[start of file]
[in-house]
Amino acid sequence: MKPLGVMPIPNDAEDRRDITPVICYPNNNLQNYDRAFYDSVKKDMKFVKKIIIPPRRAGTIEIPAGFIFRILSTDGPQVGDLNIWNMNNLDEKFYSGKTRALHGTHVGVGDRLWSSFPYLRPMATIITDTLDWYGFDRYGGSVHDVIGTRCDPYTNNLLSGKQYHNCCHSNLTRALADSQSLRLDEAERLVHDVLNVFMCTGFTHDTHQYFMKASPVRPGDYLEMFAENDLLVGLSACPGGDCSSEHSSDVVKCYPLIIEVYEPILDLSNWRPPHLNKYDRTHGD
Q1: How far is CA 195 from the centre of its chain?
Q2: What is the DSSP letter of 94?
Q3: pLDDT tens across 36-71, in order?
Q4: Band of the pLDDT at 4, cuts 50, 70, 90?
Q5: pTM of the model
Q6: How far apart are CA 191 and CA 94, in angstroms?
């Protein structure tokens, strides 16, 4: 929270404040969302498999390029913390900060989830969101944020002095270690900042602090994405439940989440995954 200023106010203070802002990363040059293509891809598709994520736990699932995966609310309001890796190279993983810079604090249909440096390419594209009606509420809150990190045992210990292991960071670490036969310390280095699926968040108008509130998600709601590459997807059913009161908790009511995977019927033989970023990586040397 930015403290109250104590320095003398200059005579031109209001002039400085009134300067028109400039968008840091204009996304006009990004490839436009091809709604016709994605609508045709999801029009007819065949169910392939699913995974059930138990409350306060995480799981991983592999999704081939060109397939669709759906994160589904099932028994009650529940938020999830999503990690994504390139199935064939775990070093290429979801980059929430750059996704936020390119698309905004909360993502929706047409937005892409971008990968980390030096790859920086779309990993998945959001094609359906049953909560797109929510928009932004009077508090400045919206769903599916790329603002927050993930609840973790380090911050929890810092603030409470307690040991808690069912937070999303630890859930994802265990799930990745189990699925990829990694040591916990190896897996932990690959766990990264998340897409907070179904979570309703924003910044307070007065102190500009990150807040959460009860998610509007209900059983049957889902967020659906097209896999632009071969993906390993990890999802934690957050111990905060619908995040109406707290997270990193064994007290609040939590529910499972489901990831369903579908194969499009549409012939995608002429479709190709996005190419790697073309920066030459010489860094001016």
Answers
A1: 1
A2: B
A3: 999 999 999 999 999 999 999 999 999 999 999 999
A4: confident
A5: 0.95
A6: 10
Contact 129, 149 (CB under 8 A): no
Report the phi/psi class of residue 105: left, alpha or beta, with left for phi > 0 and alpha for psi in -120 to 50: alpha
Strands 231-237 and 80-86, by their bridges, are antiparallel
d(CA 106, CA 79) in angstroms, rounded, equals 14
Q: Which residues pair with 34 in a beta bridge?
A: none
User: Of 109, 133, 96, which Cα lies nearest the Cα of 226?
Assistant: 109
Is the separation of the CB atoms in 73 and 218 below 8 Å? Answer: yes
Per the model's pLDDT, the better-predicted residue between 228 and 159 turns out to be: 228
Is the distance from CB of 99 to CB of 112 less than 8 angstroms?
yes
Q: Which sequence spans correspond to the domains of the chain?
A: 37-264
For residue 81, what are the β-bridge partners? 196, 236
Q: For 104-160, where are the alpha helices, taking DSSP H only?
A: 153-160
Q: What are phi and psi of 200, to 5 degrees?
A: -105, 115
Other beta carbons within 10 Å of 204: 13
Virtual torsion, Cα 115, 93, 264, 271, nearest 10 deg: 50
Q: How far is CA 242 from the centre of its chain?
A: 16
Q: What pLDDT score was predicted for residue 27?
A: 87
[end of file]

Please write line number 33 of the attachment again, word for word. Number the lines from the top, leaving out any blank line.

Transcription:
A: 153-160